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Clariphonic Equalizer: Hardware vs Software

Clariphonic Equalizer: Hardware vs Software | Obi's Audio Feeds | Scoop.it
A comparison of the hardware and software versions of the Kush Audio Clariphonic EQ.
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Obinna Objazz Eze-Ajoku's comment, April 15, 2013 8:59 PM
This article analyses the software and hardware versions of the same product. Extremely useful in understanding this concept of hardware vs software mixing.
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Lightning Boy Audio introduces the Rectified Leveler

Lightning Boy Audio introduces the Rectified Leveler | Obi's Audio Feeds | Scoop.it
Lightning Boy Audio (LBA) recently announced their return to building quality studio gear with the impending release of their new vacuum tube optical compressor named, the “Rectified Leveler”.
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Obinna Objazz Eze-Ajoku's comment, April 15, 2013 8:50 PM
A Vacuum tube optical processor, a hardware processing tool. Again the science behind this gear supports the case for the importance of hardware in mixing.
Rescooped by Obinna Objazz Eze-Ajoku from Hardware and Software in the Music Industry
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Avid Pro Tools 10

Avid Pro Tools 10 | Obi's Audio Feeds | Scoop.it
Avid Pro Tools remains the standard, cross-platform solution for professional audio work on Macs and PCs, and is still the "can't go wrong" default choice—with good reason. Just bring along a big wallet.

 

 

This article is a great choice for being in my scoopit page. It deals with the software I personally will be dealing with as well as my classmates. Jamie Lendino writes the article; who has been a reviewer for digital software since 2005 and is the owner of Sound for Games Interactive. He is also a sound designer himself. The article reviews Protools 10 very well and goes into depth on its flaws and pros. It is still an issue with the MIDI on Protools but the problems are really dealing with affordability. as of now Protools 10 cost $700.00 with a mini Avid box. it will increase in price drastically with a standard and the software does not have all of its upgrades initially. Protools easily counter acts this problem with its professionalism. It is the leading software for professional recording studios. Its gain clipping that has been improved has been very beneficial to audio engineers everywhere. The main point is that this software is the best that’s out their in the sense of recording.


Via David Omans
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Obinna Objazz Eze-Ajoku's comment, April 15, 2013 8:44 PM
A software that is capable of full software/digital mixing.
Ricc Suavey's curator insight, September 12, 2015 11:51 AM

Awesome!

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Waves Audio introduces Manny Marroquin Signature Series Collection

Waves Audio introduces Manny Marroquin Signature Series Collection | Obi's Audio Feeds | Scoop.it
Waves Audio announces the availability of the Manny Marroquin Signature Series Collection, custom plugins developed in collaboration with renowned mixing engineer Manny Marroquin (Bruno Mars, Alicia Keys, Rihanna, Maroon 5, Shakira).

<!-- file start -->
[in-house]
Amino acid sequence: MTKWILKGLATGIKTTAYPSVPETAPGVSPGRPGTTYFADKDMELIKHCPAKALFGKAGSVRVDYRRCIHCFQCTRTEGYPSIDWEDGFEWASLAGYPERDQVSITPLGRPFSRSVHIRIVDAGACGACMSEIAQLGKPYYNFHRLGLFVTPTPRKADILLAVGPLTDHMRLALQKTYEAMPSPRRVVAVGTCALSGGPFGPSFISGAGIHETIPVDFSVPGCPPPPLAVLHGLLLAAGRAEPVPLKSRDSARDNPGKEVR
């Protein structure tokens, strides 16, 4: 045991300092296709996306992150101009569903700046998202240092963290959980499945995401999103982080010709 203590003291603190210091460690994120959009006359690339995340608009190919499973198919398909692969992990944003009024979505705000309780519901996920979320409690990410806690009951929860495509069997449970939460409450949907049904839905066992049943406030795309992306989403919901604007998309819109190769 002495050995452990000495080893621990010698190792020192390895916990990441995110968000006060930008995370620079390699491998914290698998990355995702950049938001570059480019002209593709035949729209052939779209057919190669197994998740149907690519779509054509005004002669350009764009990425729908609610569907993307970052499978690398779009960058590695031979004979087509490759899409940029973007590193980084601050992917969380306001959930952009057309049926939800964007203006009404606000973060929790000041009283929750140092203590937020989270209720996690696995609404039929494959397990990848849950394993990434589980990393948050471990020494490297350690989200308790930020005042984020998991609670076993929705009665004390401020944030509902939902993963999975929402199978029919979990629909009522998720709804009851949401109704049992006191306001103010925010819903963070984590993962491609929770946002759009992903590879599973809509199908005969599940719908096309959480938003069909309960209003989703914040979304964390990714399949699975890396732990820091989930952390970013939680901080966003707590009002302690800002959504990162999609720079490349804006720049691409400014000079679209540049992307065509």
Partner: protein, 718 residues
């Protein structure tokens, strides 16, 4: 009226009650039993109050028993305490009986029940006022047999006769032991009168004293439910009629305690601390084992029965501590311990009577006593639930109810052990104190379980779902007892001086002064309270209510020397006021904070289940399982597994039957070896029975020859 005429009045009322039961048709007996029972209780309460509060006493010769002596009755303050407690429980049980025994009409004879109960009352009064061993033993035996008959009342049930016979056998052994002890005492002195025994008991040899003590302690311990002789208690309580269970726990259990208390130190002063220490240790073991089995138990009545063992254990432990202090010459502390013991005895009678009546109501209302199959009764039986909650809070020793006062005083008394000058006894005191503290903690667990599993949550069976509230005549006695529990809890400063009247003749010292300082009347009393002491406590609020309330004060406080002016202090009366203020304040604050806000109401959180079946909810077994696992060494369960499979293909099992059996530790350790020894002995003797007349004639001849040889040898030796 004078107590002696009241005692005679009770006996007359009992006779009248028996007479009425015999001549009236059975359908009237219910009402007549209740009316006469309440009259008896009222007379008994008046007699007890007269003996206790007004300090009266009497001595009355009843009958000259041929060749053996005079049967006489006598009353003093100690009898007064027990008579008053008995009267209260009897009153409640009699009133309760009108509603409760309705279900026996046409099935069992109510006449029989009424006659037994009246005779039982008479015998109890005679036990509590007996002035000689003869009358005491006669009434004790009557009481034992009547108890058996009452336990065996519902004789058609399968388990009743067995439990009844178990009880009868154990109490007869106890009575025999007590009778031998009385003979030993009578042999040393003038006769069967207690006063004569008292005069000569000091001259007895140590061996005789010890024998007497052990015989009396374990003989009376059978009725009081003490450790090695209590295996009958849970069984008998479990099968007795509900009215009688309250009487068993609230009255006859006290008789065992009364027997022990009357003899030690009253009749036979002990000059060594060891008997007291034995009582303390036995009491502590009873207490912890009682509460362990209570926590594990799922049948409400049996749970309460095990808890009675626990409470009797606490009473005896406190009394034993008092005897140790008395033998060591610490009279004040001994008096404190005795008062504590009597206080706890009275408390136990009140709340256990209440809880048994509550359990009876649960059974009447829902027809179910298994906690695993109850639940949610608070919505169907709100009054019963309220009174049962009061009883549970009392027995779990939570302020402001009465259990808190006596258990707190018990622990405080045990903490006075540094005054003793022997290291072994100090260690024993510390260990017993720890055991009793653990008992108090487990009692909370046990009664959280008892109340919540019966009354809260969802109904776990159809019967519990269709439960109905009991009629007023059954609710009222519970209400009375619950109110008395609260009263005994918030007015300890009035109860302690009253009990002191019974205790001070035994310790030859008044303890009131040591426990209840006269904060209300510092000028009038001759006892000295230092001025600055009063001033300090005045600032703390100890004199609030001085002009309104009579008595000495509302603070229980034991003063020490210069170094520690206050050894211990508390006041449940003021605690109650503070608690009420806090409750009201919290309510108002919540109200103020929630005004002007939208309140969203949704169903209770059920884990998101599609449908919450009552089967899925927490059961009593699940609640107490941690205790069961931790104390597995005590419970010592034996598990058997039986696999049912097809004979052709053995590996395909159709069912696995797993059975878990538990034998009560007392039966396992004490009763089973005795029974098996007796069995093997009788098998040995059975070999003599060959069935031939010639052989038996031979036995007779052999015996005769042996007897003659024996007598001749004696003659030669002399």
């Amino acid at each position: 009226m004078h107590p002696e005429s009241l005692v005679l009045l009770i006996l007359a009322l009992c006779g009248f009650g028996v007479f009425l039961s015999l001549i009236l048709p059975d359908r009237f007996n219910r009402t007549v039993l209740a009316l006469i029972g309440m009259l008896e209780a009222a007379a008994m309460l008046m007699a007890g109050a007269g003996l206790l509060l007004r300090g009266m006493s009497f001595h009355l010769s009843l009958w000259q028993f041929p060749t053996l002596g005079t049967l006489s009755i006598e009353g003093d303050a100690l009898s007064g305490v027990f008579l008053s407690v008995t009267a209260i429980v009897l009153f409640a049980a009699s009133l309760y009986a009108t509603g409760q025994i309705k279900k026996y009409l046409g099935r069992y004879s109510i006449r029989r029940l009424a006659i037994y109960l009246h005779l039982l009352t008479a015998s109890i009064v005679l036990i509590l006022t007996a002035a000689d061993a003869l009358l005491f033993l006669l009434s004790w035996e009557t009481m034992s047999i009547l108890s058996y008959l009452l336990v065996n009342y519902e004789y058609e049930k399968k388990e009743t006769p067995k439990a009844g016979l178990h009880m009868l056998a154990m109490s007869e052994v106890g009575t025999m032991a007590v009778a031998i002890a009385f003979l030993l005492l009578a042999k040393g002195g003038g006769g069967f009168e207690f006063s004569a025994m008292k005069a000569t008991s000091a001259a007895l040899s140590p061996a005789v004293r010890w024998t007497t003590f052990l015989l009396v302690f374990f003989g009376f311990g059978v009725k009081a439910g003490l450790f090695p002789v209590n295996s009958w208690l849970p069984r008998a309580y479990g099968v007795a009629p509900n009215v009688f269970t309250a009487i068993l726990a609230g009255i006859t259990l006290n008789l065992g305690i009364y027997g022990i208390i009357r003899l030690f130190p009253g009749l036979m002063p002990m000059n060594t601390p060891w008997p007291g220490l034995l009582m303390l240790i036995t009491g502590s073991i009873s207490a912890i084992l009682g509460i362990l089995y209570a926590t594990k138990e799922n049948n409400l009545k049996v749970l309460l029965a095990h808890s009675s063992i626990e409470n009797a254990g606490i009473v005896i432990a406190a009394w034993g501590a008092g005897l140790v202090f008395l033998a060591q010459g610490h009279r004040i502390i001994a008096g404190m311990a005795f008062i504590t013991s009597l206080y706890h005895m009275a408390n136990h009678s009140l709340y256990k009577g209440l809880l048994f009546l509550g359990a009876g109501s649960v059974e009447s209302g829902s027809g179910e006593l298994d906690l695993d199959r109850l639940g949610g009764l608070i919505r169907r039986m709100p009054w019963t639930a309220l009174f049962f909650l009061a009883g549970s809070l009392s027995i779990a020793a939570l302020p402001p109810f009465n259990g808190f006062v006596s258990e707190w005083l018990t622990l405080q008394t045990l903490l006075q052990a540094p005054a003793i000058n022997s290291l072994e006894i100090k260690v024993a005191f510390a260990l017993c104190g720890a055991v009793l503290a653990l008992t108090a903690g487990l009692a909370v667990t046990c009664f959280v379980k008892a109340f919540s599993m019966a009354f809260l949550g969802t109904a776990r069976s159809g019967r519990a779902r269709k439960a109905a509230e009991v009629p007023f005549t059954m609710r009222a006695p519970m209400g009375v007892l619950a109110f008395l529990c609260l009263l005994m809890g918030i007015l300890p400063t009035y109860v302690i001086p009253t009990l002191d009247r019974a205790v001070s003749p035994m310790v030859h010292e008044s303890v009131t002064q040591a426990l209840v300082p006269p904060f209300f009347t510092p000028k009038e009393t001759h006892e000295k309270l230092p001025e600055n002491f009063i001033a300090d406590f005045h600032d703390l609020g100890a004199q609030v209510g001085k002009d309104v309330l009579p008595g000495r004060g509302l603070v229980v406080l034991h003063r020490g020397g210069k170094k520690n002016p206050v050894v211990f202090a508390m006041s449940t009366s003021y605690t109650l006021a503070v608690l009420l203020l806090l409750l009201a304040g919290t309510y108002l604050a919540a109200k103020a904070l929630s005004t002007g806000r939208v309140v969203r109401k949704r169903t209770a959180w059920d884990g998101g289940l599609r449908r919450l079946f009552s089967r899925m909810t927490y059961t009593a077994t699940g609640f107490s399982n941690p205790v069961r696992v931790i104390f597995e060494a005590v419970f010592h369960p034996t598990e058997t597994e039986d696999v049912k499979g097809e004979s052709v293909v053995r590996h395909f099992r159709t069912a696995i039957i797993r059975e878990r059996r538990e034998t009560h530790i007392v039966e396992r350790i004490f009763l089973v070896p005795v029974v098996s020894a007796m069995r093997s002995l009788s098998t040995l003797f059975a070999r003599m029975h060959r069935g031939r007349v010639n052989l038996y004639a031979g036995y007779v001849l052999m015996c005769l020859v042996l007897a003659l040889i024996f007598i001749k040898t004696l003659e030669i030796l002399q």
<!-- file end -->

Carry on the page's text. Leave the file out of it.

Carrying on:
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Obinna Objazz Eze-Ajoku's comment, April 15, 2013 8:51 PM
Waves is the industry leader in software mixing and DSP applications and plug-ins.
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How to Make 808s Hit HARD

How to Make 808s Hit HARD | Obi's Audio Feeds | Scoop.it
Seven ways to mix 808s. Includes processing techniques, audio examples and a free sample pack.
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Obinna Objazz Eze-Ajoku's comment, April 15, 2013 8:47 PM
This article explains in some detail the relationship between digital and analog processing of an audio waveform, which in essence is involved in the mixing process as a whole.
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Pros & Cons Of Software & Hardware Mixers

Pros & Cons Of Software & Hardware Mixers | Obi's Audio Feeds | Scoop.it
More than ever before, it's possible to reproduce the functions of a hardware mixer with software in a computer. But can you completely replace a mixer with software — and, more to the point, should you be trying to?
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Obinna Objazz Eze-Ajoku's comment, April 15, 2013 8:27 PM
I think hardware will always be important in audio production and post production. One will wonder, if we could totally do without hardware, why are the professionals still racking up expensive gear? Why are hardware companies such as Behringer, Mackie, Yamaha, Digidesign, still making hardware mixers and mixing controllers. Understanding the science behind concepts such as headroom and amplitude will definitely shed more light on the possible reasons why hardware will always have a place in the audio record and mixing world. On the other hand though, the convenience and compactness of software is such an advantage that it's hard to argue against it being a preference. Mixing with software is much cheaper, faster and most times more convenient. The convenience is more as a result of the fact that you can mix a song on the spot anywhere. The software mixers do certainly have a strong case any day.
Lucas Oldenburg's curator insight, December 4, 2015 4:29 PM

Sound on sound is full of info on everything from recording to mixing to mastering and basically anything you want to know about tech in the recording industry.